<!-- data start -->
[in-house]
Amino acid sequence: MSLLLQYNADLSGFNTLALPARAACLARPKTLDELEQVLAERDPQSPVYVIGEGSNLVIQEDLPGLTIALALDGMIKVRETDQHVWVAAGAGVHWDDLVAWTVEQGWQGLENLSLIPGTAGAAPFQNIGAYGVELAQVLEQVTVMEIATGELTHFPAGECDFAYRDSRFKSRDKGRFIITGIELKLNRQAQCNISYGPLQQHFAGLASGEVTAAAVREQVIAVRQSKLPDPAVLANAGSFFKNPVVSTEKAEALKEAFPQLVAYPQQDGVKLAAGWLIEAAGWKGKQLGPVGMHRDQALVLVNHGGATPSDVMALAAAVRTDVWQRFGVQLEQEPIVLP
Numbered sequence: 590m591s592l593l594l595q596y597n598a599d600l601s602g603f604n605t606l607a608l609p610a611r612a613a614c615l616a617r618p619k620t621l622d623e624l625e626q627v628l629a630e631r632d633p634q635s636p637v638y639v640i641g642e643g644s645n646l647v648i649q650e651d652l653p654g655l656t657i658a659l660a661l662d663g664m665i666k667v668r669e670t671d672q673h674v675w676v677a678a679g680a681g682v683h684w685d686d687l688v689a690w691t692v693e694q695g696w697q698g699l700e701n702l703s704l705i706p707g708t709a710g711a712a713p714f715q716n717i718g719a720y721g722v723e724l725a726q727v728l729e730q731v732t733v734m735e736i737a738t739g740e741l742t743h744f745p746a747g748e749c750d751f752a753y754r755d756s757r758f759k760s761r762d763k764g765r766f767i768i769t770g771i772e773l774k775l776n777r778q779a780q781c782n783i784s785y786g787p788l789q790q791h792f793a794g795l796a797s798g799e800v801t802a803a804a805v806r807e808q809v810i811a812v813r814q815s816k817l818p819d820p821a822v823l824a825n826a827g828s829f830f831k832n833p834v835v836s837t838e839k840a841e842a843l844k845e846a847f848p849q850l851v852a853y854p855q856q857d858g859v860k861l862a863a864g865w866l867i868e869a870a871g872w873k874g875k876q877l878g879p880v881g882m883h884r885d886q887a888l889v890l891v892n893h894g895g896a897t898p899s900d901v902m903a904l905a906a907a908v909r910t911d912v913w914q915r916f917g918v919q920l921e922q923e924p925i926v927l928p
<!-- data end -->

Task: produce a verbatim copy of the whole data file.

[in-house]
Amino acid sequence: MSLLLQYNADLSGFNTLALPARAACLARPKTLDELEQVLAERDPQSPVYVIGEGSNLVIQEDLPGLTIALALDGMIKVRETDQHVWVAAGAGVHWDDLVAWTVEQGWQGLENLSLIPGTAGAAPFQNIGAYGVELAQVLEQVTVMEIATGELTHFPAGECDFAYRDSRFKSRDKGRFIITGIELKLNRQAQCNISYGPLQQHFAGLASGEVTAAAVREQVIAVRQSKLPDPAVLANAGSFFKNPVVSTEKAEALKEAFPQLVAYPQQDGVKLAAGWLIEAAGWKGKQLGPVGMHRDQALVLVNHGGATPSDVMALAAAVRTDVWQRFGVQLEQEPIVLP
Numbered sequence: 590m591s592l593l594l595q596y597n598a599d600l601s602g603f604n605t606l607a608l609p610a611r612a613a614c615l616a617r618p619k620t621l622d623e624l625e626q627v628l629a630e631r632d633p634q635s636p637v638y639v640i641g642e643g644s645n646l647v648i649q650e651d652l653p654g655l656t657i658a659l660a661l662d663g664m665i666k667v668r669e670t671d672q673h674v675w676v677a678a679g680a681g682v683h684w685d686d687l688v689a690w691t692v693e694q695g696w697q698g699l700e701n702l703s704l705i706p707g708t709a710g711a712a713p714f715q716n717i718g719a720y721g722v723e724l725a726q727v728l729e730q731v732t733v734m735e736i737a738t739g740e741l742t743h744f745p746a747g748e749c750d751f752a753y754r755d756s757r758f759k760s761r762d763k764g765r766f767i768i769t770g771i772e773l774k775l776n777r778q779a780q781c782n783i784s785y786g787p788l789q790q791h792f793a794g795l796a797s798g799e800v801t802a803a804a805v806r807e808q809v810i811a812v813r814q815s816k817l818p819d820p821a822v823l824a825n826a827g828s829f830f831k832n833p834v835v836s837t838e839k840a841e842a843l844k845e846a847f848p849q850l851v852a853y854p855q856q857d858g859v860k861l862a863a864g865w866l867i868e869a870a871g872w873k874g875k876q877l878g879p880v881g882m883h884r885d886q887a888l889v890l891v892n893h894g895g896a897t898p899s900d901v902m903a904l905a906a907a908v909r910t911d912v913w914q915r916f917g918v919q920l921e922q923e924p925i926v927l928p